SACRAMENTO (CN) – Union Pacific agreed to pay an unprecedented $102 million to the U.S. Forest Service for starting a wildfire north of Sacramento in 2000 while doing track repair work.
U.S. District Judge Frank C. Damrell ruled in February that the service could seek greater damages than the timber value and $22 million in firefighting costs for the so-called “Storrie Fire.” He said Union Pacific could be held liable for young growth, soil, wildlife, habitat, recreational and view loss on the 52,000 burned acres.
Union Pacific crew members sparked the fire when they allowed smoldering metal bits to spray from power tools without using shields or clearing flammable material on Aug. 17, 2000 in Plumas National Forest. About 2,500 firefighters fought the fire over the next three weeks as it spread through the Plumas and Lassen National Forests, an area that Congress protected from logging.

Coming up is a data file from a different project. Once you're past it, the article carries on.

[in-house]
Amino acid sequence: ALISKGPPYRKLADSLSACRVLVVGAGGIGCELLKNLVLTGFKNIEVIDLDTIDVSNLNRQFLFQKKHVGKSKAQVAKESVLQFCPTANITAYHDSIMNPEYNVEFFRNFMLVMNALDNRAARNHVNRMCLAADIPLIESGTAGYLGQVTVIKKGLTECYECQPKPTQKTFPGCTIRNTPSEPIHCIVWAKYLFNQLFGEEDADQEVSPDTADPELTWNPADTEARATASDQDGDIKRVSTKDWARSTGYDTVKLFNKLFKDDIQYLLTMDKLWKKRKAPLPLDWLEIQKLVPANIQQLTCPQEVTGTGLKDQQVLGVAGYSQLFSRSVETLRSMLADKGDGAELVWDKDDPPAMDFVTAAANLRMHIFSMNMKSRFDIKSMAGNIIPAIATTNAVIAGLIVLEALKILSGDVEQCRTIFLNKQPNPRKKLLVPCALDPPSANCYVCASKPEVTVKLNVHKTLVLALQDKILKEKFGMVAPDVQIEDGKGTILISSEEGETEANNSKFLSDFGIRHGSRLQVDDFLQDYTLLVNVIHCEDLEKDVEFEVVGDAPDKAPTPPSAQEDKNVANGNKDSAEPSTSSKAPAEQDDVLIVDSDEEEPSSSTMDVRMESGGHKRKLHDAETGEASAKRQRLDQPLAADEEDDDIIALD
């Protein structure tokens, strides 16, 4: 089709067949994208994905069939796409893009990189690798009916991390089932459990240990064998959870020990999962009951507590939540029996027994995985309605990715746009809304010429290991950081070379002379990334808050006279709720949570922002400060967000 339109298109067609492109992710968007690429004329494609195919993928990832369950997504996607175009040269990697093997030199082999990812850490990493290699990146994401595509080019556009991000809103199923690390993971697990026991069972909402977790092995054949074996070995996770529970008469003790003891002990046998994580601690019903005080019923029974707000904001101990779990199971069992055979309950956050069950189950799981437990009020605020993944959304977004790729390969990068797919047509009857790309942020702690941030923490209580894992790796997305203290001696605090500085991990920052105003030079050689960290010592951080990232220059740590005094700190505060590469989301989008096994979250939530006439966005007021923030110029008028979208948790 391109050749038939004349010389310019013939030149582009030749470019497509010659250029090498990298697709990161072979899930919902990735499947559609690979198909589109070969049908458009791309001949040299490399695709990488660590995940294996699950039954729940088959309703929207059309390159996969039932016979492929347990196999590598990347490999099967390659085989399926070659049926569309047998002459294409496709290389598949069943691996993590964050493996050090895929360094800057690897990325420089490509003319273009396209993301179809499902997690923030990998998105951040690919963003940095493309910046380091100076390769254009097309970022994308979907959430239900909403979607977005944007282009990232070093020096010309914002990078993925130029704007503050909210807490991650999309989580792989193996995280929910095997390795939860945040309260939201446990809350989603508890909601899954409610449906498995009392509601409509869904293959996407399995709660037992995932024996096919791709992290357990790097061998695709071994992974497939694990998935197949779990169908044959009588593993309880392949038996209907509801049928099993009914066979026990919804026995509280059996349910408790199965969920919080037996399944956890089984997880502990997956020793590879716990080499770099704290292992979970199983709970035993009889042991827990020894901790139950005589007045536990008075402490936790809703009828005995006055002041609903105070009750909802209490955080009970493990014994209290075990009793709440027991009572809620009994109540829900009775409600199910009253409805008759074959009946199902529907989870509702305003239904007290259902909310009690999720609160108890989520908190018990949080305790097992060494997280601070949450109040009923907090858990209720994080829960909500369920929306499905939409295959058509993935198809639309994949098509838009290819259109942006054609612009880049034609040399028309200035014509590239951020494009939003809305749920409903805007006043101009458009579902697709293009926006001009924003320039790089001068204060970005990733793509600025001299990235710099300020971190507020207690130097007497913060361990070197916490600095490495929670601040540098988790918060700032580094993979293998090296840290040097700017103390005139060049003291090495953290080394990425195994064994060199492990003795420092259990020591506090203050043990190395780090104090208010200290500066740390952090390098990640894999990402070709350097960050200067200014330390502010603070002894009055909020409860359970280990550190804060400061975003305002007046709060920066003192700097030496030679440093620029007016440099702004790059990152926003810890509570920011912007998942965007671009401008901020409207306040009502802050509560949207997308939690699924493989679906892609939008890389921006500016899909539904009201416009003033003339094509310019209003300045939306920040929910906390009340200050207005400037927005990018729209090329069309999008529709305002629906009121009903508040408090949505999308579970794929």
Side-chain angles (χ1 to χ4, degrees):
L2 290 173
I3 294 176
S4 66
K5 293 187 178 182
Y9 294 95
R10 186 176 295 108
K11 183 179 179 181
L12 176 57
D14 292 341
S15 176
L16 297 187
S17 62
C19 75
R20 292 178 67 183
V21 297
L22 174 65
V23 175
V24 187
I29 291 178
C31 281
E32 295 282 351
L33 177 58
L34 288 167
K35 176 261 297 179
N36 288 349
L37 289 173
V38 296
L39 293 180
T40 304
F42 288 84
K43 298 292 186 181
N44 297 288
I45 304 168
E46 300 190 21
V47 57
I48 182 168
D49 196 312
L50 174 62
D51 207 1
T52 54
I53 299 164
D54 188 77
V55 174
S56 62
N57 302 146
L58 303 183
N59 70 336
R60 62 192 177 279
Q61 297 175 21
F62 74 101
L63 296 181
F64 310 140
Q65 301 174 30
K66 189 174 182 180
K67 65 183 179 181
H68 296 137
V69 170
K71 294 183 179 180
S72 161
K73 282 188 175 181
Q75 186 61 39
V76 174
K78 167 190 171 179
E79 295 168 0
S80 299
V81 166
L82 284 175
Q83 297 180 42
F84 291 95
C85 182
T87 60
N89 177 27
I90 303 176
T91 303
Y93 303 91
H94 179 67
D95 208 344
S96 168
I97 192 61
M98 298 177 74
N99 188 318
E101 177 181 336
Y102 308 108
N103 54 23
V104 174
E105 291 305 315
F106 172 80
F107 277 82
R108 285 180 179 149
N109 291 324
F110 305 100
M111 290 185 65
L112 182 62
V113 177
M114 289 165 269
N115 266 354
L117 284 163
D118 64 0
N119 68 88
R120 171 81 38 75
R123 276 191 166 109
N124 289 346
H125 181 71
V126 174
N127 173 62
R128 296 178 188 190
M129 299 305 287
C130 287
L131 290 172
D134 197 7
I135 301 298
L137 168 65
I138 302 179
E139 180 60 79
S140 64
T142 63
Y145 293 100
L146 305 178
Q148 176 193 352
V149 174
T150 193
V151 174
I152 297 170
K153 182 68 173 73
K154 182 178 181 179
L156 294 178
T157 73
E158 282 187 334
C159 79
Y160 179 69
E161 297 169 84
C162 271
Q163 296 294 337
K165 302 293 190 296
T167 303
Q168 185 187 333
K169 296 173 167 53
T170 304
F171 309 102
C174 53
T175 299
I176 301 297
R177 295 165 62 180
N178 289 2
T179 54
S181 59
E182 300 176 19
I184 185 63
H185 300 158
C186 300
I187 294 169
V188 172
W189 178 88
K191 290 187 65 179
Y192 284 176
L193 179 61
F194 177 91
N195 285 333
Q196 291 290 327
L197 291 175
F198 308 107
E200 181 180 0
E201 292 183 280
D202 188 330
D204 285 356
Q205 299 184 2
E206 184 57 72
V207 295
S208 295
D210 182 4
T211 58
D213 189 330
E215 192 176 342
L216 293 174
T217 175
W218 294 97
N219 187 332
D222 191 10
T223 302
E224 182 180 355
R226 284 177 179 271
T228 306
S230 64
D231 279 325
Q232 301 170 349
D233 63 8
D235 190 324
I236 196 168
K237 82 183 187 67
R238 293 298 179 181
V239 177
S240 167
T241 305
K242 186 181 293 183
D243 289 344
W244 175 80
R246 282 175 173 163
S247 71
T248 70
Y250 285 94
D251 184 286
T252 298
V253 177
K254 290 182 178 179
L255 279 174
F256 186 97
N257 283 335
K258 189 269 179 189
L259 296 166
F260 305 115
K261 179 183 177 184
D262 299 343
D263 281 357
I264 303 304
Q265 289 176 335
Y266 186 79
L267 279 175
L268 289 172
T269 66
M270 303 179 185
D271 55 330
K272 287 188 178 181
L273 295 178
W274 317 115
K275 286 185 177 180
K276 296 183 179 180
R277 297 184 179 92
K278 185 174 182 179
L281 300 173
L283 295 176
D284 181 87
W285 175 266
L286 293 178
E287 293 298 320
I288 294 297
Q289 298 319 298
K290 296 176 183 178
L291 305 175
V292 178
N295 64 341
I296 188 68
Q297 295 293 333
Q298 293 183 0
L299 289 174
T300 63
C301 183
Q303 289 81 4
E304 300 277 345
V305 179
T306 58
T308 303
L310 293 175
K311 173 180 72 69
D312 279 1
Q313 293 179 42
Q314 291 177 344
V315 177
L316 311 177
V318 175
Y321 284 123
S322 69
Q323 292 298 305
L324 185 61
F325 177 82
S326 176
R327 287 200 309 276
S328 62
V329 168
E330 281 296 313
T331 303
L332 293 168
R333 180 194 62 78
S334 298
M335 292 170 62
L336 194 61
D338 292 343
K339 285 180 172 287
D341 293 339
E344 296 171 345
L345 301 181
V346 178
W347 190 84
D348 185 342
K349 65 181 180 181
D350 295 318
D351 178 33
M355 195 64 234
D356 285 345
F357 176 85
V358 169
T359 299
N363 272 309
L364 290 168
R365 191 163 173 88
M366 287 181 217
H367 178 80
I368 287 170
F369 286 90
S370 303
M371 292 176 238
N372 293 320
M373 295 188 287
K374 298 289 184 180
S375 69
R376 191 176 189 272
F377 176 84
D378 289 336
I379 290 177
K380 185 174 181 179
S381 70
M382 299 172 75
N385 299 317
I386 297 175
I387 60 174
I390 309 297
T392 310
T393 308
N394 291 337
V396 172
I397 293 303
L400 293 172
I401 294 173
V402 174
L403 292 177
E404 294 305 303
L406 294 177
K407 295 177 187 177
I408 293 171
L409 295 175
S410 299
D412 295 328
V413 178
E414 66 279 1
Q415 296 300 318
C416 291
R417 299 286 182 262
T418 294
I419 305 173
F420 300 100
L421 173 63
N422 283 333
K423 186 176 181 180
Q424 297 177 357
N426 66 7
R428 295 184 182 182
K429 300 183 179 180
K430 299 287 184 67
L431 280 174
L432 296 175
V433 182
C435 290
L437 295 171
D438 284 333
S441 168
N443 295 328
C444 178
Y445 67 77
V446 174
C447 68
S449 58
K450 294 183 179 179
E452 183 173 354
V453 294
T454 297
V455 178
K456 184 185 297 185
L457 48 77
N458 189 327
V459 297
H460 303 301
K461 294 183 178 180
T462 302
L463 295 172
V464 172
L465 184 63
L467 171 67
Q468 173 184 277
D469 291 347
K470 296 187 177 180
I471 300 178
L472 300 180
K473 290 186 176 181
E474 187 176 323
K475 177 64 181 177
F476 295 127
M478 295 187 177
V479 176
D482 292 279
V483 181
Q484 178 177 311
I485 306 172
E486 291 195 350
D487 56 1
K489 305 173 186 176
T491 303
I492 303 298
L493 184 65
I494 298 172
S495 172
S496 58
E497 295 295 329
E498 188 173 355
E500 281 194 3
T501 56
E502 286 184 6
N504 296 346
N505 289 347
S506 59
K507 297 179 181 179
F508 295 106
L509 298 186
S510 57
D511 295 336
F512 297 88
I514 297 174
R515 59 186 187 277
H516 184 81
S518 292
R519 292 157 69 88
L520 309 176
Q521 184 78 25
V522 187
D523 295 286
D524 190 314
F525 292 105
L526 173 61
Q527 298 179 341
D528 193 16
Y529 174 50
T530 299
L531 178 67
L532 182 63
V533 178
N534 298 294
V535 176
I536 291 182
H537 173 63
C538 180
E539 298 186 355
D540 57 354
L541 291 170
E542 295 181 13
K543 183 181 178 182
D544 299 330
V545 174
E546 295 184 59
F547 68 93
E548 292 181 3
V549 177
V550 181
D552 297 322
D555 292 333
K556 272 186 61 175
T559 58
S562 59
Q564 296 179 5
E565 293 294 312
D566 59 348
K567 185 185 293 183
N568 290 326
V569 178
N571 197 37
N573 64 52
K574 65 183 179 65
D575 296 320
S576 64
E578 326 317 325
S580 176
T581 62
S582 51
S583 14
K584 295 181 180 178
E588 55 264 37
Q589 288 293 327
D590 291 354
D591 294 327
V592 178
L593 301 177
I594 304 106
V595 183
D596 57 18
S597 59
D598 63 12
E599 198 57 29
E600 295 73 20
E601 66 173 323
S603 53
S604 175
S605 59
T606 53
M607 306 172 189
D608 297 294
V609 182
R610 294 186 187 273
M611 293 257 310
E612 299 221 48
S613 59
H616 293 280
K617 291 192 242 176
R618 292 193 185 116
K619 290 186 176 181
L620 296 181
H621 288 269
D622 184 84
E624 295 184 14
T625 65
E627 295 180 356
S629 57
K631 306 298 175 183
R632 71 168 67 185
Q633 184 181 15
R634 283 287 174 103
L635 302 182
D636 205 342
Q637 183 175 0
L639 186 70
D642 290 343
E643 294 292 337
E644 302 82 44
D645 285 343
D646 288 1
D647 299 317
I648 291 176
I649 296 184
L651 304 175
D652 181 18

Omaha-based Union Pacific admitted no guilt for starting the fire, claiming that its employees put out the flames, which were then reignited by a passing train.
The landmark action, which marks the highest the Forest Service has been paid in a lawsuit, puts anyone who causes forest fires – even accidentally – at a greater risk for damages.
The previous high settlement was $14 million paid by Southern California Edison for the 1994 Big Creek Fire in the Sierra National Forest.
Settlement funds will be used for landscape and ecological restoration, including tree replanting and trail improvements.